PETALING JAYA: Four Pakatan Harapan (PH) leaders who have been urged to assist police over controversial preacher Zakir Naik’s case have said they will cooperate fully.
Klang MP Charles Santiago said police had yet to summon him to record his statement, adding that he is ready to be quizzed.
“The police have the right to question anyone for their investigations. I’m not sure (why) they are going to call me, maybe I have broken the law.“
Meanwhile, Penang Deputy Chief Minister II P. Ramasamy and Bagan Dalam assemblyman Satees Muniandy confirmed that Bukit Aman officers will meet them both in Penang on Sep 11.
“They will see me at 9am and Satees at 11am in Komtar,“ Ramasamy said.
“Our statements will be recorded in response to two police reports lodged by Zakir against me and one against Satees.”
Ramasamy said on Saturday he was ready to assist with police investigations, adding “we don’t run away from the law in Malaysia, not like the fugitive Zakir”.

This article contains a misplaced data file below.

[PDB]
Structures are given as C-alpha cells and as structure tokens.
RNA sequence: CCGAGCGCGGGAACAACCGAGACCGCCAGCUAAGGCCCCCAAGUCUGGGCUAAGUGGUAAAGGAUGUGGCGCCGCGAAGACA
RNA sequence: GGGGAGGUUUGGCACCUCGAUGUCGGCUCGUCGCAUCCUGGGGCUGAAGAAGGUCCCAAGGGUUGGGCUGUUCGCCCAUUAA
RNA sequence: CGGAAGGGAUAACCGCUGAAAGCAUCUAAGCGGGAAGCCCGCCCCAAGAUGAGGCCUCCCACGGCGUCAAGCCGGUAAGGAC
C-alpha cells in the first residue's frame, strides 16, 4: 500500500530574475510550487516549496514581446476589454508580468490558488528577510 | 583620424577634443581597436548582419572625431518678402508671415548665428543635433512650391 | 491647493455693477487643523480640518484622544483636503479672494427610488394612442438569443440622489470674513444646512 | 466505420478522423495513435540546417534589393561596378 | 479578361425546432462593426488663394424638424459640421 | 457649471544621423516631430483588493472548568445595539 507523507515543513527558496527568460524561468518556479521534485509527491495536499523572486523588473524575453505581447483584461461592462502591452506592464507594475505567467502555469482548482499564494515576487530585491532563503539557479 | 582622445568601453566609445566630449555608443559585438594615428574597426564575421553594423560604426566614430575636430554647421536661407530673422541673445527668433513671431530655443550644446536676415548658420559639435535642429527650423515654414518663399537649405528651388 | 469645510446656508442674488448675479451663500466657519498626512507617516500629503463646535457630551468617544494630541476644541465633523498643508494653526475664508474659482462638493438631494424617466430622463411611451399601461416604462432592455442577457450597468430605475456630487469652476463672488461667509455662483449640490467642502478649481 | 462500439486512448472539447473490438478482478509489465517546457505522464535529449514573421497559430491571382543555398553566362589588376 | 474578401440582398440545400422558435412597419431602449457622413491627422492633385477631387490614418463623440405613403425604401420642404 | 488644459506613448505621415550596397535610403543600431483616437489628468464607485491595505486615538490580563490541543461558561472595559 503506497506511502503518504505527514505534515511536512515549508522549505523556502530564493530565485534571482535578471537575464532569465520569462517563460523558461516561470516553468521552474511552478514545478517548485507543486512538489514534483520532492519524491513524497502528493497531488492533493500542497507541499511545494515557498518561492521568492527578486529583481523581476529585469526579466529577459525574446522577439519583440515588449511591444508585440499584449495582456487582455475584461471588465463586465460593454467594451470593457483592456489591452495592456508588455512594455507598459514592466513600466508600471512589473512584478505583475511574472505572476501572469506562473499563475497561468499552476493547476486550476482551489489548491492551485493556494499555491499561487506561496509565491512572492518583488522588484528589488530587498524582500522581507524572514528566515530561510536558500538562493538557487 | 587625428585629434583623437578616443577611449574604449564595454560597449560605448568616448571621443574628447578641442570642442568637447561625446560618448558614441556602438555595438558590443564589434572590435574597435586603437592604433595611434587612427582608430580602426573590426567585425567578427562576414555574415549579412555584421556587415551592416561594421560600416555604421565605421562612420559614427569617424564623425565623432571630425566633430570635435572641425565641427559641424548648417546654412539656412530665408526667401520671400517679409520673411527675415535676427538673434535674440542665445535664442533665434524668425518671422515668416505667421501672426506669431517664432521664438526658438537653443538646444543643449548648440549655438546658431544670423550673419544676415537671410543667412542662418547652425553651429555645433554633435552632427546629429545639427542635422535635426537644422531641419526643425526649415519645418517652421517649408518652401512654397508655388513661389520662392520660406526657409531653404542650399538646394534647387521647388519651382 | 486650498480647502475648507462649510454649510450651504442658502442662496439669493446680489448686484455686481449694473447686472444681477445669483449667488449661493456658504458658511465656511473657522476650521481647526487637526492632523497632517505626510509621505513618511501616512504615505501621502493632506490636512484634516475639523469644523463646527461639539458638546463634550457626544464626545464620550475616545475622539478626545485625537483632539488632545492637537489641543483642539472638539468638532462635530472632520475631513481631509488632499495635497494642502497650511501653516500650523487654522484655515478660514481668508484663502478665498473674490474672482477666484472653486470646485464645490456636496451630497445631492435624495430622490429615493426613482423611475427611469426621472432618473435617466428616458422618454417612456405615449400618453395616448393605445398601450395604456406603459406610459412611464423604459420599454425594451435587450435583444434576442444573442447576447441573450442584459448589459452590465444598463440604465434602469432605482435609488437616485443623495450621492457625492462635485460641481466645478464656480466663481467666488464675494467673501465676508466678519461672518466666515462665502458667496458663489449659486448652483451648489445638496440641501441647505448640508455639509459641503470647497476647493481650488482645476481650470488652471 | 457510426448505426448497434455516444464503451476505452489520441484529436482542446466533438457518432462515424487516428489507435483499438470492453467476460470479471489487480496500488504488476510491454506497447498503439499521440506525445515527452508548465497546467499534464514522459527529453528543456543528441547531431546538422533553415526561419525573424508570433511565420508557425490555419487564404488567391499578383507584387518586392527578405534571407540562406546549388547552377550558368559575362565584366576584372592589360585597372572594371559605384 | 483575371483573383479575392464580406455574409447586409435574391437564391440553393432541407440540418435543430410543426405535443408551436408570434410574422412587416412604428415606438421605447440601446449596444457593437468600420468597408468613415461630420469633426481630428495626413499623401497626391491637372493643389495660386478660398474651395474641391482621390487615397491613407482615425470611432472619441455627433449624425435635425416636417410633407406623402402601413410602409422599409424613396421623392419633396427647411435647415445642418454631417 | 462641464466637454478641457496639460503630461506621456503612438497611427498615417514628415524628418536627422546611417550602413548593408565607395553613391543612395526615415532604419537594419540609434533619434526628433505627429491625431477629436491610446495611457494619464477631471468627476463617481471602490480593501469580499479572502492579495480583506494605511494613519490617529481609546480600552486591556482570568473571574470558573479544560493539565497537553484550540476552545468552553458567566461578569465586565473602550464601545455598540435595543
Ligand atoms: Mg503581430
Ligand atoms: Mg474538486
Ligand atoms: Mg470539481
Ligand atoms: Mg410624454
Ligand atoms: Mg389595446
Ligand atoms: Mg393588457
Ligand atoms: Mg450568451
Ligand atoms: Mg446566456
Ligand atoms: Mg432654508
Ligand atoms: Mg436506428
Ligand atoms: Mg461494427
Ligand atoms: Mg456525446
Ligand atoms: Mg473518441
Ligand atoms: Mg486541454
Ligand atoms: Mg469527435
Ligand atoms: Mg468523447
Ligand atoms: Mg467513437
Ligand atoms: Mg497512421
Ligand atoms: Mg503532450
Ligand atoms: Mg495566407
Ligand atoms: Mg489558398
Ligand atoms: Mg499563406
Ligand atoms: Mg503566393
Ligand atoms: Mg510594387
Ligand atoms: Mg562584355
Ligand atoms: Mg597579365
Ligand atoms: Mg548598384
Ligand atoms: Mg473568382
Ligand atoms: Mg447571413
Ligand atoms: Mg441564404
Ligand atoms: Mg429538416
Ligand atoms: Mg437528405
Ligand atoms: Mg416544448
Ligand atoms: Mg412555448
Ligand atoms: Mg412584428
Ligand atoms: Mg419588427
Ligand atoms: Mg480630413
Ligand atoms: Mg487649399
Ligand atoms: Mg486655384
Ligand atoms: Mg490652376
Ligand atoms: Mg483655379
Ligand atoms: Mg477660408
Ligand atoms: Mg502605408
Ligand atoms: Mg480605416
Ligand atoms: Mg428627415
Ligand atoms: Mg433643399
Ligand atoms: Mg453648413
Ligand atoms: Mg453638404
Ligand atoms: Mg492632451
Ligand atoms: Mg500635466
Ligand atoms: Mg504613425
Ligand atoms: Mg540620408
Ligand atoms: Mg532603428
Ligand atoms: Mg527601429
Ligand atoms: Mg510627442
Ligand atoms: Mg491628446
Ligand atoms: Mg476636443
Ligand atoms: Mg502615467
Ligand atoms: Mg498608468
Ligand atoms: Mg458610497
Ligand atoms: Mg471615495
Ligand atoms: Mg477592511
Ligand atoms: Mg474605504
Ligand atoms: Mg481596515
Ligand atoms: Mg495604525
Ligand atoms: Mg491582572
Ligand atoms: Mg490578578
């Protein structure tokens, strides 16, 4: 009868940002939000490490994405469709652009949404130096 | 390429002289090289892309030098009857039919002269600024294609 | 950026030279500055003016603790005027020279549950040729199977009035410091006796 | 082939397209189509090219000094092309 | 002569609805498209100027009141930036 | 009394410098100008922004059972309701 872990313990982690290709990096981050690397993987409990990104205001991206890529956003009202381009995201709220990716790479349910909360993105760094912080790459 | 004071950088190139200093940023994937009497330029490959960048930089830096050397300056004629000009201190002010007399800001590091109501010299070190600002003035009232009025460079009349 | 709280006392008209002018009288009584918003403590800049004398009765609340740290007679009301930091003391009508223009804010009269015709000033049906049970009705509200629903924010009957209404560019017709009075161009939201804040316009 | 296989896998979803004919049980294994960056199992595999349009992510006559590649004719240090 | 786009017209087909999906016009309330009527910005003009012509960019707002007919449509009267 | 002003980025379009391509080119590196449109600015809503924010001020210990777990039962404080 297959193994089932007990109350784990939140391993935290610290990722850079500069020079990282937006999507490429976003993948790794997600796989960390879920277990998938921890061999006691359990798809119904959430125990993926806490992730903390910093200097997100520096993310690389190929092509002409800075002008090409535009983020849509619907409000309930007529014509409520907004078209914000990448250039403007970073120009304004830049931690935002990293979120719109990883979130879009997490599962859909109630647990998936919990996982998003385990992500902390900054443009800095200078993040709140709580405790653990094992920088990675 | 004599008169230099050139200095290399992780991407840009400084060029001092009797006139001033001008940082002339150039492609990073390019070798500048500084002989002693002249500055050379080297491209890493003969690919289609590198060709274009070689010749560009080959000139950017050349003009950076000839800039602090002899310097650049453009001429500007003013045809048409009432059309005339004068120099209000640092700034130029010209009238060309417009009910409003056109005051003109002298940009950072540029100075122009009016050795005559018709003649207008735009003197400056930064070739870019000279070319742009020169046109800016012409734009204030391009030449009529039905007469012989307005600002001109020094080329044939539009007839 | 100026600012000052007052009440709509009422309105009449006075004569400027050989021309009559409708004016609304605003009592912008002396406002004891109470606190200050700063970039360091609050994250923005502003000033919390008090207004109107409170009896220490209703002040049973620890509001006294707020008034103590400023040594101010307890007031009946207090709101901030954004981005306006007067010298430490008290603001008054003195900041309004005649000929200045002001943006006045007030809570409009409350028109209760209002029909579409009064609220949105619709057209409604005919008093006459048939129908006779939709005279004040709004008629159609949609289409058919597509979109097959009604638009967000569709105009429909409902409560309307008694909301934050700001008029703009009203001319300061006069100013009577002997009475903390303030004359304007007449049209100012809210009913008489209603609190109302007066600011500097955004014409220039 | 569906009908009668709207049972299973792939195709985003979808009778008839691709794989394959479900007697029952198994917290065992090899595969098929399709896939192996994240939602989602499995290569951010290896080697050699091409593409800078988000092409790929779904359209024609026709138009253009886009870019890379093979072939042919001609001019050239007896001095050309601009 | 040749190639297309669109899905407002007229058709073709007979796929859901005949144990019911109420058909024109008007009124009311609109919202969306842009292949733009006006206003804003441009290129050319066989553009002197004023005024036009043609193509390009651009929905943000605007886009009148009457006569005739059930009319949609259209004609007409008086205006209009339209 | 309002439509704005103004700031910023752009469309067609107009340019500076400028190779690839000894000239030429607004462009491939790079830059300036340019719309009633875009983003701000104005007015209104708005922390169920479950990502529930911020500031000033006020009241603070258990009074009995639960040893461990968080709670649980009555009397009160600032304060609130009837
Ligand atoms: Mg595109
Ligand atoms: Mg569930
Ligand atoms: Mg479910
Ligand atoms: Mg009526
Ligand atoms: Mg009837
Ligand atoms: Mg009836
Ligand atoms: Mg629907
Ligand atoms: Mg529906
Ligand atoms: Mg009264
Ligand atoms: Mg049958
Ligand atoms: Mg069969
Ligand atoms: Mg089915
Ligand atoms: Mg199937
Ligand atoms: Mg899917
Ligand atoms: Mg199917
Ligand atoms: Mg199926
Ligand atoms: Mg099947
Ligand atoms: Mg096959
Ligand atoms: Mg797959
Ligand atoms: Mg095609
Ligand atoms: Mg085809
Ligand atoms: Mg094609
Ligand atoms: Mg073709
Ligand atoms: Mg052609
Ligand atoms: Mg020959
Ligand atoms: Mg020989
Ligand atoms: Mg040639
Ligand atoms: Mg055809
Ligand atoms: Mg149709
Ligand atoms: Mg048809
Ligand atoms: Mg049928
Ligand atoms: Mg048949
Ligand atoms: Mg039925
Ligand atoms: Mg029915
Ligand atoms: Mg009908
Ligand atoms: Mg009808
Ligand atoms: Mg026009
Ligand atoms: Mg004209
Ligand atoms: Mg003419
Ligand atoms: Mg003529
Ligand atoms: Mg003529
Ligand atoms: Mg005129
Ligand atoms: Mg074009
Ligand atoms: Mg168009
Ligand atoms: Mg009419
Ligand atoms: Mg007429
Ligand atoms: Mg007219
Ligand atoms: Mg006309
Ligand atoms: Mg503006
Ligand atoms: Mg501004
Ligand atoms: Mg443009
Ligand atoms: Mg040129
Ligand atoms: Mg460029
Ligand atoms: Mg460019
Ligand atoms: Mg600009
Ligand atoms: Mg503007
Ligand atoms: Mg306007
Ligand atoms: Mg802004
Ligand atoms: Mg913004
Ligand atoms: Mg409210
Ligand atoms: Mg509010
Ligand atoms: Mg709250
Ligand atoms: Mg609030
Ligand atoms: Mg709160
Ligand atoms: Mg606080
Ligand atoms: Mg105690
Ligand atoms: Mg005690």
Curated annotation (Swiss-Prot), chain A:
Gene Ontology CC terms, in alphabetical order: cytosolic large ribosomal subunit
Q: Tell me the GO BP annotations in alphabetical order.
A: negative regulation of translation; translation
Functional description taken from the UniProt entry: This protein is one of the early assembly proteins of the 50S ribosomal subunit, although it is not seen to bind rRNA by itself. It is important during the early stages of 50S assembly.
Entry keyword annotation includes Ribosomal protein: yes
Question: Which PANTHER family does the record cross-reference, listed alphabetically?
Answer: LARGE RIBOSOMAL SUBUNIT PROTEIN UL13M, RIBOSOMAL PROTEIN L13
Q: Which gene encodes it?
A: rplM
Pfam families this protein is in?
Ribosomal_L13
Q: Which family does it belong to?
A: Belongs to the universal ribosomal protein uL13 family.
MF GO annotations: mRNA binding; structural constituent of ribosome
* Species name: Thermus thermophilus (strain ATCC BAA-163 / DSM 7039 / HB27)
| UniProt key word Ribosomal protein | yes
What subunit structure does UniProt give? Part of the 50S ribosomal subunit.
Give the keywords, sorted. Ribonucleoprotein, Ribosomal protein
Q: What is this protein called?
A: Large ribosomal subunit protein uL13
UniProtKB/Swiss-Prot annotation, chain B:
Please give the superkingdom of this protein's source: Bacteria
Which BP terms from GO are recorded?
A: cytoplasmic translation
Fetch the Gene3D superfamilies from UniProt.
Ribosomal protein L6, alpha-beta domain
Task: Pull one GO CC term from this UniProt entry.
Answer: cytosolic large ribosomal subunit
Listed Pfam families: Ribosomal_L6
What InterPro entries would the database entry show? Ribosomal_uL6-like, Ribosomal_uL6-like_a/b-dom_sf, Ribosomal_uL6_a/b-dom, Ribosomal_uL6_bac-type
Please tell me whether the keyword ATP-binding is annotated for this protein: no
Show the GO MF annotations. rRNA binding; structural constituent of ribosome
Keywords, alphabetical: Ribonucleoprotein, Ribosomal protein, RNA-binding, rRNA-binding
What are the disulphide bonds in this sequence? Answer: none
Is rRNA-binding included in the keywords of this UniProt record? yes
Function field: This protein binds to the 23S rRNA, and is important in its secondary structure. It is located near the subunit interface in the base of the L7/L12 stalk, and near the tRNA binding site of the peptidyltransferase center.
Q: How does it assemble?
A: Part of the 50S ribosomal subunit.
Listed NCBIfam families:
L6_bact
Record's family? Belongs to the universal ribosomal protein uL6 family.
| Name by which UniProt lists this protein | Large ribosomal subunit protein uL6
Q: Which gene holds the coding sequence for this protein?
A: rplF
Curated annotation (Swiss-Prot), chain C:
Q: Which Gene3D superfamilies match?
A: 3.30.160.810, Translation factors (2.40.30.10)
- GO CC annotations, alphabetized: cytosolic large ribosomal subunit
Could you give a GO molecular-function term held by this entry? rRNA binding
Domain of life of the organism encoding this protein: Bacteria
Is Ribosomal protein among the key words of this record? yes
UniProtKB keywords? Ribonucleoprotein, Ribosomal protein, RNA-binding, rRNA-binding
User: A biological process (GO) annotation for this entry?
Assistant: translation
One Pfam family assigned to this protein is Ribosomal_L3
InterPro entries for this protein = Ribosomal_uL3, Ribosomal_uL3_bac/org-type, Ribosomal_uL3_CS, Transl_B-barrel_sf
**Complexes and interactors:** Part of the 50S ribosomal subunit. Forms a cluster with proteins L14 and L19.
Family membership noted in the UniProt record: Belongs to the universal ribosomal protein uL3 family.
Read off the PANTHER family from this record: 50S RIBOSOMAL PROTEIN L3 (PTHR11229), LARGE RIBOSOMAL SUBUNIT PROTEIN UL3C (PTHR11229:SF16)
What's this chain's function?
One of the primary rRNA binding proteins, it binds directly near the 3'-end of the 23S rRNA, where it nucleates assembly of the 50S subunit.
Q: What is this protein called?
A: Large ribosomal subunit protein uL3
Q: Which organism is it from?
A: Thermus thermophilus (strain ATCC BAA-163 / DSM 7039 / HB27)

Satees said he is ready to cooperate with the authorities and assist in investigations.
“None of us will run away from the cops, or from Malaysia. We will face the law in our own country.”
Zakir had filed police reports against Ramasamy, Satees and three others – Human Resources Minister M. Kulasegaran, Santiago and former envoy Dennis J. Ignatius – for alleged defamation.
This came after the preacher kicked up a storm with a speech last month, in which he suggested that Malaysian Indians were more loyal to Indian Prime Minister Narendra Modi, and referred to Chinese Malaysians as “old guests.”
Zakir has since apologised, but claimed his remarks were taken out of context.
Following the remarks made in Kota Baru, hundreds of police reports were filed against Zakir.
He subsequently visited Bukit Aman several times to have his statements recorded.